Journal Article

Magnetostratigraphy of the middle-upper Jurassic sedimentary sequences at Yanshiping, Qiangtang Basin, China

Chunhui Song, Yongyao Zeng, Maodu Yan, Song Wu, Xiaomin Fang, Jing Bao, Jinbo Zan and Xifang Liu

in Geophysical Journal International

Volume 206, issue 3, pages 1847-1863
ISSN: 0956-540X
Published online May 2016 | e-ISSN: 1365-246X | DOI:
Magnetostratigraphy of the middle-upper Jurassic sedimentary sequences at Yanshiping, Qiangtang Basin, China

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A series of important geological events occurred in the Tibetan Plateau area during the Jurassic, such as the collision of the Lhasa and Qiangtang Terranes, the closure of the Meso-Tethyan Ocean, the opening of the Neo-Tethyan Ocean and the cessation of the mega-monsoon. The ∼3000 m thick Jurassic sedimentary sequence in the Qiangtang Basin on the central Tibetan Plateau, which is called the Yanshiping (YSP) Group, recorded these geological events. However, the chronology of the sequence is surprisingly poorly constrained. Here, we perform a detailed palaeomagnetic analysis on the ∼1060 m thick middle and upper portions of the YSP Group (the Xiali and Suowa Formations) in the YSP section of the eastern Qiangtang Basin. Three bivalve zones at stratigraphic intervals of ∼40–140, 640–800 and 940–1040 m are identified, which yield a Bathonian–Callovian age for the Lower Xiali Fm., a Callovian–Oxfordian age for the Lower Suowa Fm. and an Oxfordian–Kimmeridgian age for the Upper Suowa Fm. A total of 544 oriented palaeomagnetic samples were collected from the section. By combining thermal and alternating field demagnetizations, clear characteristic remanent magnetization (ChRM) directions are isolated for most of the samples. The robust ChRM directions pass fold and reversals tests, which support the primary nature of the ChRMs and yield a palaeopole at 76.8°N/297.2°E (dp = 2.2°, dm = 3.7°). A total of 27 normal and 26 reversed polarity zones were successfully recorded in the section. Combined with fossil age constraints, results suggest that the section is plausibly composed of a Callovian-Early Kimmeridgian age sedimentary sequence.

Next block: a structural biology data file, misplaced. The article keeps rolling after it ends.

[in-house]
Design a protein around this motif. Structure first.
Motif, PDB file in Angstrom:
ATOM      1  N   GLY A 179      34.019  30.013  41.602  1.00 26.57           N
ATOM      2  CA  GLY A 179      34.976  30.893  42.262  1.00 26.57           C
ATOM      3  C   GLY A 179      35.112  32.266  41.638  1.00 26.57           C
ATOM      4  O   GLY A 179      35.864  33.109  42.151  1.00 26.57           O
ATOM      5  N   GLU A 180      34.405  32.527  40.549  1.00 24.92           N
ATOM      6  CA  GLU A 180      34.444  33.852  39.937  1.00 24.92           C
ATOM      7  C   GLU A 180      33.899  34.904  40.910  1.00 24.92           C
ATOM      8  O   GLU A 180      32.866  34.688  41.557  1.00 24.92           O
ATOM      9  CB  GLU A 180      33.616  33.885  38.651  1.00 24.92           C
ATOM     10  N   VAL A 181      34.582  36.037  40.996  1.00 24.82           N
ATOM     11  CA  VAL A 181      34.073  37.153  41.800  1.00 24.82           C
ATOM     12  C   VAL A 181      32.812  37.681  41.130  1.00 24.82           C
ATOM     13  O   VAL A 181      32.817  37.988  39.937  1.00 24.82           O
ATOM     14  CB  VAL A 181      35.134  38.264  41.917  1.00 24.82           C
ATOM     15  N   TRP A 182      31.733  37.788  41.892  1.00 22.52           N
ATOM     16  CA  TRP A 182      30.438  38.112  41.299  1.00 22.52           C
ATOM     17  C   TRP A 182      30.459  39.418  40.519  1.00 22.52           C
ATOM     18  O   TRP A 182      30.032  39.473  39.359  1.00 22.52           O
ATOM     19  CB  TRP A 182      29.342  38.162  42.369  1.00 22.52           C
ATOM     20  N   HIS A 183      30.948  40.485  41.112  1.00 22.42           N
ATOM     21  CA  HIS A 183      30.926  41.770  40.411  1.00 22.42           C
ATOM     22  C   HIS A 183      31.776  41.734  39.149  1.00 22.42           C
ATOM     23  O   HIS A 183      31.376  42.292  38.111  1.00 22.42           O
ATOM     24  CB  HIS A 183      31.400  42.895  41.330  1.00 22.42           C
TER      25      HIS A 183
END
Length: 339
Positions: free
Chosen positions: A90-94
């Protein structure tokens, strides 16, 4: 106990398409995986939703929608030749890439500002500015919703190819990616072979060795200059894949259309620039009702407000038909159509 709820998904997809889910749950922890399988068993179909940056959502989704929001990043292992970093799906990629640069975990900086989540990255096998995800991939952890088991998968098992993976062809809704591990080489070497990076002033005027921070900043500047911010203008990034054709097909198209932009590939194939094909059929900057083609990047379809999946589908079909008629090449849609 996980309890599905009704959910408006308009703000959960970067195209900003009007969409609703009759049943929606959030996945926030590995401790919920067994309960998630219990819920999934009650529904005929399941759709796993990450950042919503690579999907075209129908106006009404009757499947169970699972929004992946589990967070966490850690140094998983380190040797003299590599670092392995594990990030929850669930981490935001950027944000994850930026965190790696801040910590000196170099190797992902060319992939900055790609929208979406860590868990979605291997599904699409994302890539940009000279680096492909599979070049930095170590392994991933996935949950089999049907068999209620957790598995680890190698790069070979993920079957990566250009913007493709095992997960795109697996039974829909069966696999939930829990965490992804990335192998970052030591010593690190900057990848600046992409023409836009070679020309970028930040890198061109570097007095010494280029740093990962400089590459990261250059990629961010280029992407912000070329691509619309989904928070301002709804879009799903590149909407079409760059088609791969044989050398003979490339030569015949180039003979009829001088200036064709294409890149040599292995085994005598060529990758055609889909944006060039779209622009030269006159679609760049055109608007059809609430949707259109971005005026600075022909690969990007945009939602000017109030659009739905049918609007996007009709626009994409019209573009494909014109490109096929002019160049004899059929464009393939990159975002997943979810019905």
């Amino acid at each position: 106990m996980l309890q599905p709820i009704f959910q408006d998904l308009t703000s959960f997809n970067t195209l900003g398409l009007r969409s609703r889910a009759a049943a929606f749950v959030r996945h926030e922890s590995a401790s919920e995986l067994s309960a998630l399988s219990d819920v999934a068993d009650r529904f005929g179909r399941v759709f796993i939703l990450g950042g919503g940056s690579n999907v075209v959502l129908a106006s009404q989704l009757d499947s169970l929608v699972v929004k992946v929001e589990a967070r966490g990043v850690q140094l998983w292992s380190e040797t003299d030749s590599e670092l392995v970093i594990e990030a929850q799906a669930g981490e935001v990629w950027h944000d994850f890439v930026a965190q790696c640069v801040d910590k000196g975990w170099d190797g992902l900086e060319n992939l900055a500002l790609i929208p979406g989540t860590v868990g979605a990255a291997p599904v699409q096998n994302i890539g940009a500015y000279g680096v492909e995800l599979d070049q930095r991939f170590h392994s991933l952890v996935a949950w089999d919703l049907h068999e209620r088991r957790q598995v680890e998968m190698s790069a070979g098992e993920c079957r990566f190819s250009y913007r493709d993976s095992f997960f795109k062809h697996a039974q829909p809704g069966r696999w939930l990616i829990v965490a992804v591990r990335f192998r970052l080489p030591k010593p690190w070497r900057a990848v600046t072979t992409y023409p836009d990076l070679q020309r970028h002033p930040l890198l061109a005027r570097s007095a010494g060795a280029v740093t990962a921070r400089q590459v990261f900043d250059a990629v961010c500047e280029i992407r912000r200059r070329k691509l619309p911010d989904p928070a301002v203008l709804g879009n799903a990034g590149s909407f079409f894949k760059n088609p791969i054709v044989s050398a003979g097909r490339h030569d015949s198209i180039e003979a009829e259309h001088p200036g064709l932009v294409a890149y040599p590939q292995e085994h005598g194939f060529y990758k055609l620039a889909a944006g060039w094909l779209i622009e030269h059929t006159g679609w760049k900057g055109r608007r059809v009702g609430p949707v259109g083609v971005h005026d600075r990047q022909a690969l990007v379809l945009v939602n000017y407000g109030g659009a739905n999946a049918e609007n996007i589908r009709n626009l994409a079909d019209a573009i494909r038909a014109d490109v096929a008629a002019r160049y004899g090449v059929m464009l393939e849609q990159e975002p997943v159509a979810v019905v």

Keywords: Magnetostratigraphy; Palaeomagnetism applied to tectonics; Rock and mineral magnetism; Asia

Journal Article.  9225 words.  Illustrated.

Subjects: Geology and the Lithosphere

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